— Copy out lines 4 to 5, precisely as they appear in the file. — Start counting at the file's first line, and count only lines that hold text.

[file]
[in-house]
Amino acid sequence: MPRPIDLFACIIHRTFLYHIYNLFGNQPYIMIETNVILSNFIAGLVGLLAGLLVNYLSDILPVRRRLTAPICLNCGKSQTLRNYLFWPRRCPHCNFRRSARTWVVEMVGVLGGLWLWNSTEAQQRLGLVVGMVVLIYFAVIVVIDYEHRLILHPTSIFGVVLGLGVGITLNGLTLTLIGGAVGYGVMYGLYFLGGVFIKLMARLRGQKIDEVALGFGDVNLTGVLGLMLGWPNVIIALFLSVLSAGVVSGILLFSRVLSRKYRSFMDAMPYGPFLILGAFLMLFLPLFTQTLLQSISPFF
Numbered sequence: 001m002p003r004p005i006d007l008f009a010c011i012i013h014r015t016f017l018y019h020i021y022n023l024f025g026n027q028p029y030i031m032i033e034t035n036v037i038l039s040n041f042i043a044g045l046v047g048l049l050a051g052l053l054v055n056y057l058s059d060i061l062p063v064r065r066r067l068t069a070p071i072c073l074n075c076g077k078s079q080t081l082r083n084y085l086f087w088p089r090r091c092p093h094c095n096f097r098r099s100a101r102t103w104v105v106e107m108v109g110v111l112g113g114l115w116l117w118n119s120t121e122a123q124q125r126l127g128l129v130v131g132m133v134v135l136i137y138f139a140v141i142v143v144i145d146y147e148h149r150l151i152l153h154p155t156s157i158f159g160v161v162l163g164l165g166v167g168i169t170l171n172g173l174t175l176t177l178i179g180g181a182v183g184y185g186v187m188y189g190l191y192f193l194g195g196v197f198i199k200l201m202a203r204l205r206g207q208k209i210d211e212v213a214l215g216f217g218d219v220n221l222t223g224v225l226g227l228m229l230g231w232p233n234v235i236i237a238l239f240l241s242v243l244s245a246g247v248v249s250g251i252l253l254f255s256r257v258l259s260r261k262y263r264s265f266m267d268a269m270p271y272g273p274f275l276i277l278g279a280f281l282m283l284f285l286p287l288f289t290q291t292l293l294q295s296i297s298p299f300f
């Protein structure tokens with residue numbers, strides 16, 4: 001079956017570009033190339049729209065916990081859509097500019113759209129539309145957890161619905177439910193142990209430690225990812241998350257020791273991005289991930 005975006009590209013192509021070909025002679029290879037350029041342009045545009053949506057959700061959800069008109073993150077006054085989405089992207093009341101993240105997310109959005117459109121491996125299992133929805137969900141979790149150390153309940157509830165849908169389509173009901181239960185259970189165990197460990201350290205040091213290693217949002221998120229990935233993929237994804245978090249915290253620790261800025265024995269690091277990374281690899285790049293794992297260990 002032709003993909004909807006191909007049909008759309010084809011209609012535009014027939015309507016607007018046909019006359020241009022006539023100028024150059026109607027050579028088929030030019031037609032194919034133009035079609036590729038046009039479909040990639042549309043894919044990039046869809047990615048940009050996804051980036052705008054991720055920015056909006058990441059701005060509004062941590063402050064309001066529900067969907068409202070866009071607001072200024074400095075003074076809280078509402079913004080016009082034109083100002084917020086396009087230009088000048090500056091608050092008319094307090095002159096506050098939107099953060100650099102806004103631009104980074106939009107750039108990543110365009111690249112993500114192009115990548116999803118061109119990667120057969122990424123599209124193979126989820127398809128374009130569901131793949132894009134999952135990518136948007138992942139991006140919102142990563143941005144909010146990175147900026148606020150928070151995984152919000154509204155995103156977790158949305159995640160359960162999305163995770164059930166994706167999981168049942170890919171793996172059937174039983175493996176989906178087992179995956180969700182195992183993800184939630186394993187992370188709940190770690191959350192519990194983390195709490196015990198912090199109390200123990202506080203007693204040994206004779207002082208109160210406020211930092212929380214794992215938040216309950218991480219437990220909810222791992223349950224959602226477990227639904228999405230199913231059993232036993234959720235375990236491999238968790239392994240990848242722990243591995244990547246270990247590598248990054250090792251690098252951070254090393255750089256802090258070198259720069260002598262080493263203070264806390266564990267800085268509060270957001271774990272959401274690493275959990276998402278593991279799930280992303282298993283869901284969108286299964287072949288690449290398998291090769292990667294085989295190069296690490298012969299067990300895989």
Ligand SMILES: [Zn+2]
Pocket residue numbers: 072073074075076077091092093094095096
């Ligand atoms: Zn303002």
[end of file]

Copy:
């Protein structure tokens with residue numbers, strides 16, 4: 001079956017570009033190339049729209065916990081859509097500019113759209129539309145957890161619905177439910193142990209430690225990812241998350257020791273991005289991930 005975006009590209013192509021070909025002679029290879037350029041342009045545009053949506057959700061959800069008109073993150077006054085989405089992207093009341101993240105997310109959005117459109121491996125299992133929805137969900141979790149150390153309940157509830165849908169389509173009901181239960185259970189165990197460990201350290205040091213290693217949002221998120229990935233993929237994804245978090249915290253620790261800025265024995269690091277990374281690899285790049293794992297260990 002032709003993909004909807006191909007049909008759309010084809011209609012535009014027939015309507016607007018046909019006359020241009022006539023100028024150059026109607027050579028088929030030019031037609032194919034133009035079609036590729038046009039479909040990639042549309043894919044990039046869809047990615048940009050996804051980036052705008054991720055920015056909006058990441059701005060509004062941590063402050064309001066529900067969907068409202070866009071607001072200024074400095075003074076809280078509402079913004080016009082034109083100002084917020086396009087230009088000048090500056091608050092008319094307090095002159096506050098939107099953060100650099102806004103631009104980074106939009107750039108990543110365009111690249112993500114192009115990548116999803118061109119990667120057969122990424123599209124193979126989820127398809128374009130569901131793949132894009134999952135990518136948007138992942139991006140919102142990563143941005144909010146990175147900026148606020150928070151995984152919000154509204155995103156977790158949305159995640160359960162999305163995770164059930166994706167999981168049942170890919171793996172059937174039983175493996176989906178087992179995956180969700182195992183993800184939630186394993187992370188709940190770690191959350192519990194983390195709490196015990198912090199109390200123990202506080203007693204040994206004779207002082208109160210406020211930092212929380214794992215938040216309950218991480219437990220909810222791992223349950224959602226477990227639904228999405230199913231059993232036993234959720235375990236491999238968790239392994240990848242722990243591995244990547246270990247590598248990054250090792251690098252951070254090393255750089256802090258070198259720069260002598262080493263203070264806390266564990267800085268509060270957001271774990272959401274690493275959990276998402278593991279799930280992303282298993283869901284969108286299964287072949288690449290398998291090769292990667294085989295190069296690490298012969299067990300895989």
Ligand SMILES: [Zn+2]